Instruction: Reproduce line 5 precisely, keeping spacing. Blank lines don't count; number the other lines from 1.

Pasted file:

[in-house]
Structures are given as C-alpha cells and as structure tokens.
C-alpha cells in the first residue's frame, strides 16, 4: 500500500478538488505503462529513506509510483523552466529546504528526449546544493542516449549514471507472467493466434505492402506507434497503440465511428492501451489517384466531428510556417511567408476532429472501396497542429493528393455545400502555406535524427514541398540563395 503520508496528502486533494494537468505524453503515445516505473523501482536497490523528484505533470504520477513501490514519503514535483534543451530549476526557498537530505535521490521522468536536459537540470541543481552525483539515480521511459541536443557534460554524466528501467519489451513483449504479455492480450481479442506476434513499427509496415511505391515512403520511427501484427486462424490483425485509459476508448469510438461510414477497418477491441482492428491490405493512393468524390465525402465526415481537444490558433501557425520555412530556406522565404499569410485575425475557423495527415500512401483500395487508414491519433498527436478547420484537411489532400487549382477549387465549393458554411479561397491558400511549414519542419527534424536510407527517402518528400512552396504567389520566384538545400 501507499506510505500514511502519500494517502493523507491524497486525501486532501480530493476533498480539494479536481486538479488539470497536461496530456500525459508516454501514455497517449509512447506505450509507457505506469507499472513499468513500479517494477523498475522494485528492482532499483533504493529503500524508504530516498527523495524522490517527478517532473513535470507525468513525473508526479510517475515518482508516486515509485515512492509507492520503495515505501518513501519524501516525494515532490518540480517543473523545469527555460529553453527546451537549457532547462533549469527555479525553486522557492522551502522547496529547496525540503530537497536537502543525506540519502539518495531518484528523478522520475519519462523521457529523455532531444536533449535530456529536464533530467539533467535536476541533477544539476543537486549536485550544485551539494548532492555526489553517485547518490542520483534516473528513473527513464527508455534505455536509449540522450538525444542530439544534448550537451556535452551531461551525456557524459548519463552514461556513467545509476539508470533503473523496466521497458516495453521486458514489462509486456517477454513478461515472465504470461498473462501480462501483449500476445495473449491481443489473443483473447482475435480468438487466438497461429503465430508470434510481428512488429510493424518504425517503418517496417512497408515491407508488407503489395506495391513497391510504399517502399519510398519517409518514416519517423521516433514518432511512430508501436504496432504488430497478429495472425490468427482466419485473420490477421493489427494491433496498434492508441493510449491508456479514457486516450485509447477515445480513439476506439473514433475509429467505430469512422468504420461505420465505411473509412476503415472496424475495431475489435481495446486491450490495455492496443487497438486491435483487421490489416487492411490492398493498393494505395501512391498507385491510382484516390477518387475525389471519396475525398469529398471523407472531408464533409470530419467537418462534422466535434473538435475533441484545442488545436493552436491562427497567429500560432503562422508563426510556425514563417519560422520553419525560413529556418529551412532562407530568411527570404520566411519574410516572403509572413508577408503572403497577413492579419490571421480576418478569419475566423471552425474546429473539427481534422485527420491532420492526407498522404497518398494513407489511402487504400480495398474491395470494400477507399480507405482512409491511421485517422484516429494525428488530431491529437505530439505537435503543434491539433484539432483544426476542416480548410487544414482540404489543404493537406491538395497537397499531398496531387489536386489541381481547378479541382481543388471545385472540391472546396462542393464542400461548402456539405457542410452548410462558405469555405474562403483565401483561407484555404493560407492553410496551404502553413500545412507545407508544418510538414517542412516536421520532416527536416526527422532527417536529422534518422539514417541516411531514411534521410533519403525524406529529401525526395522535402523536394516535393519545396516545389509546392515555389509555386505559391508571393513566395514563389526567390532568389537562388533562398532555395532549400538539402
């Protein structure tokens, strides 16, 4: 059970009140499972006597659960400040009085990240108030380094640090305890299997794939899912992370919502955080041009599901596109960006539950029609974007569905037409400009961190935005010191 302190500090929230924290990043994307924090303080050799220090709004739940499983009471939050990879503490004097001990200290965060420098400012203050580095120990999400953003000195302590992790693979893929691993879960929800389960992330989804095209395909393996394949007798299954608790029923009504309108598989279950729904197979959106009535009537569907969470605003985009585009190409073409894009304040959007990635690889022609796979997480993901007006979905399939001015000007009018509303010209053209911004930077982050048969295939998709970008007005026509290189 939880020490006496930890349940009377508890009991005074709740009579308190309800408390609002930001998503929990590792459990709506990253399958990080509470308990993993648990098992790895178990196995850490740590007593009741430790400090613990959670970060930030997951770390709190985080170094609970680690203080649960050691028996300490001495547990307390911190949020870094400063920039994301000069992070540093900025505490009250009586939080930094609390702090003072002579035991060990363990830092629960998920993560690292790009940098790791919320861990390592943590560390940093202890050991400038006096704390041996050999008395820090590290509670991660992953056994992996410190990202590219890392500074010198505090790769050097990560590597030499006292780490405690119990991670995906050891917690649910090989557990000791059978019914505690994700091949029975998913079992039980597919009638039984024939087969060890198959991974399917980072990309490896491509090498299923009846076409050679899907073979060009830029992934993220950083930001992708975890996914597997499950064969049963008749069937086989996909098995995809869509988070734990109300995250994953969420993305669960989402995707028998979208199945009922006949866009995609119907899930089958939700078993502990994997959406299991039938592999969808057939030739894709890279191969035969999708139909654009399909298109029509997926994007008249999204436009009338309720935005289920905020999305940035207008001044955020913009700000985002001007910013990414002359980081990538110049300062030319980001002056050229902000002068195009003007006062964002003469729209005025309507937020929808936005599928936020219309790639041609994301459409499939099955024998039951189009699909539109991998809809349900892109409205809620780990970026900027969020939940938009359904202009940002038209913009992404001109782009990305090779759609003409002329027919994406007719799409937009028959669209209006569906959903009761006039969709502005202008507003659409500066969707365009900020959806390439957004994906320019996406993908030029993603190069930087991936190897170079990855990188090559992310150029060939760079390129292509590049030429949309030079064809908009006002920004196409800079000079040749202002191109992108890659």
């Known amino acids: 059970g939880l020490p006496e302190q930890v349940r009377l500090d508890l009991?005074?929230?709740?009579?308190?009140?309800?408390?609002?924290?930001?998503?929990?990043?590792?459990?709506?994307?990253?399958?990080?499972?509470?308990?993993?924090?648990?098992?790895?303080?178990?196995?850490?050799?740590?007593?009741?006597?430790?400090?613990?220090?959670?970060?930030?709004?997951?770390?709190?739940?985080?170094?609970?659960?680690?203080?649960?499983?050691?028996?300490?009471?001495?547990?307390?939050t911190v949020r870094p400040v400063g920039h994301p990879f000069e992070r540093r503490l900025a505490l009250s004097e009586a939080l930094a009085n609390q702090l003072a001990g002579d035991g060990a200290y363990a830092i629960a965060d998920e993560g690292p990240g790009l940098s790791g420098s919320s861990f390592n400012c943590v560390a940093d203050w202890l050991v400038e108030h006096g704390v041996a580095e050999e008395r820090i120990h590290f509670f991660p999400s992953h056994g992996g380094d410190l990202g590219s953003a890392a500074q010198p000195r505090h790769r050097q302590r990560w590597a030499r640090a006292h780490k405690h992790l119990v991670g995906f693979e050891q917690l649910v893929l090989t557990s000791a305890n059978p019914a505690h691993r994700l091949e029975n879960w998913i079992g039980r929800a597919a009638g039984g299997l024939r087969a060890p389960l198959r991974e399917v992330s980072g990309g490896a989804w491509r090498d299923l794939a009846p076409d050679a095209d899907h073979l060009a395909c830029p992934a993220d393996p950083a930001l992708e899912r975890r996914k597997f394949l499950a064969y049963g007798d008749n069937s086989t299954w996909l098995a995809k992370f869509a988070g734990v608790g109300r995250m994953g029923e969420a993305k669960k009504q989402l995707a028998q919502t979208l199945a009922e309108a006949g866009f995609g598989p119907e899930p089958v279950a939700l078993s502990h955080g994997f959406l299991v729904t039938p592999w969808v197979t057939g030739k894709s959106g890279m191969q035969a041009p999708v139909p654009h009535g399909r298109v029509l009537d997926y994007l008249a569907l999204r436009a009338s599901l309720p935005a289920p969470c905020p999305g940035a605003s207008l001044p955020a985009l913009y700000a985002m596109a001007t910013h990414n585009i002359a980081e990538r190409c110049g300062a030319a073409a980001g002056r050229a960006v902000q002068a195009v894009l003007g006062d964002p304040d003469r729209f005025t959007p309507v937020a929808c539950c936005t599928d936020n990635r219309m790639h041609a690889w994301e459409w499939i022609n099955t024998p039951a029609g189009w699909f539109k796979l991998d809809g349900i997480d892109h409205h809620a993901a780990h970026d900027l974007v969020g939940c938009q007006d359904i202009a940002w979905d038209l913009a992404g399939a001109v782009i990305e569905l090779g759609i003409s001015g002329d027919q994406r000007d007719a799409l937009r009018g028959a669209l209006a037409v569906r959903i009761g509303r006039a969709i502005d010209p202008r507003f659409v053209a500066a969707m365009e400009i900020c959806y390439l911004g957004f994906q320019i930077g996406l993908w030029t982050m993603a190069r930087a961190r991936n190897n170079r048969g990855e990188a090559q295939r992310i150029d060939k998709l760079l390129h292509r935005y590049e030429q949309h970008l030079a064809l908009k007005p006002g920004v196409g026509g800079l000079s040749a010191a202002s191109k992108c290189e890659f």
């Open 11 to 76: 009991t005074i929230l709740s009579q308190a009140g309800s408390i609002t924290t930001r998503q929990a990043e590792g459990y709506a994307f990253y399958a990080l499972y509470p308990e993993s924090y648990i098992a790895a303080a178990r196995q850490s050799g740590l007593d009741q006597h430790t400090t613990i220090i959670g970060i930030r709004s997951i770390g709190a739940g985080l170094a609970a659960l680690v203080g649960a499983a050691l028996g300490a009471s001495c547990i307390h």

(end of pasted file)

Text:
């Known amino acids: 059970g939880l020490p006496e302190q930890v349940r009377l500090d508890l009991?005074?929230?709740?009579?308190?009140?309800?408390?609002?924290?930001?998503?929990?990043?590792?459990?709506?994307?990253?399958?990080?499972?509470?308990?993993?924090?648990?098992?790895?303080?178990?196995?850490?050799?740590?007593?009741?006597?430790?400090?613990?220090?959670?970060?930030?709004?997951?770390?709190?739940?985080?170094?609970?659960?680690?203080?649960?499983?050691?028996?300490?009471?001495?547990?307390?939050t911190v949020r870094p400040v400063g920039h994301p990879f000069e992070r540093r503490l900025a505490l009250s004097e009586a939080l930094a009085n609390q702090l003072a001990g002579d035991g060990a200290y363990a830092i629960a965060d998920e993560g690292p990240g790009l940098s790791g420098s919320s861990f390592n400012c943590v560390a940093d203050w202890l050991v400038e108030h006096g704390v041996a580095e050999e008395r820090i120990h590290f509670f991660p999400s992953h056994g992996g380094d410190l990202g590219s953003a890392a500074q010198p000195r505090h790769r050097q302590r990560w590597a030499r640090a006292h780490k405690h992790l119990v991670g995906f693979e050891q917690l649910v893929l090989t557990s000791a305890n059978p019914a505690h691993r994700l091949e029975n879960w998913i079992g039980r929800a597919a009638g039984g299997l024939r087969a060890p389960l198959r991974e399917v992330s980072g990309g490896a989804w491509r090498d299923l794939a009846p076409d050679a095209d899907h073979l060009a395909c830029p992934a993220d393996p950083a930001l992708e899912r975890r996914k597997f394949l499950a064969y049963g007798d008749n069937s086989t299954w996909l098995a995809k992370f869509a988070g734990v608790g109300r995250m994953g029923e969420a993305k669960k009504q989402l995707a028998q919502t979208l199945a009922e309108a006949g866009f995609g598989p119907e899930p089958v279950a939700l078993s502990h955080g994997f959406l299991v729904t039938p592999w969808v197979t057939g030739k894709s959106g890279m191969q035969a041009p999708v139909p654009h009535g399909r298109v029509l009537d997926y994007l008249a569907l999204r436009a009338s599901l309720p935005a289920p969470c905020p999305g940035a605003s207008l001044p955020a985009l913009y700000a985002m596109a001007t910013h990414n585009i002359a980081e990538r190409c110049g300062a030319a073409a980001g002056r050229a960006v902000q002068a195009v894009l003007g006062d964002p304040d003469r729209f005025t959007p309507v937020a929808c539950c936005t599928d936020n990635r219309m790639h041609a690889w994301e459409w499939i022609n099955t024998p039951a029609g189009w699909f539109k796979l991998d809809g349900i997480d892109h409205h809620a993901a780990h970026d900027l974007v969020g939940c938009q007006d359904i202009a940002w979905d038209l913009a992404g399939a001109v782009i990305e569905l090779g759609i003409s001015g002329d027919q994406r000007d007719a799409l937009r009018g028959a669209l209006a037409v569906r959903i009761g509303r006039a969709i502005d010209p202008r507003f659409v053209a500066a969707m365009e400009i900020c959806y390439l911004g957004f994906q320019i930077g996406l993908w030029t982050m993603a190069r930087a961190r991936n190897n170079r048969g990855e990188a090559q295939r992310i150029d060939k998709l760079l390129h292509r935005y590049e030429q949309h970008l030079a064809l908009k007005p006002g920004v196409g026509g800079l000079s040749a010191a202002s191109k992108c290189e890659f």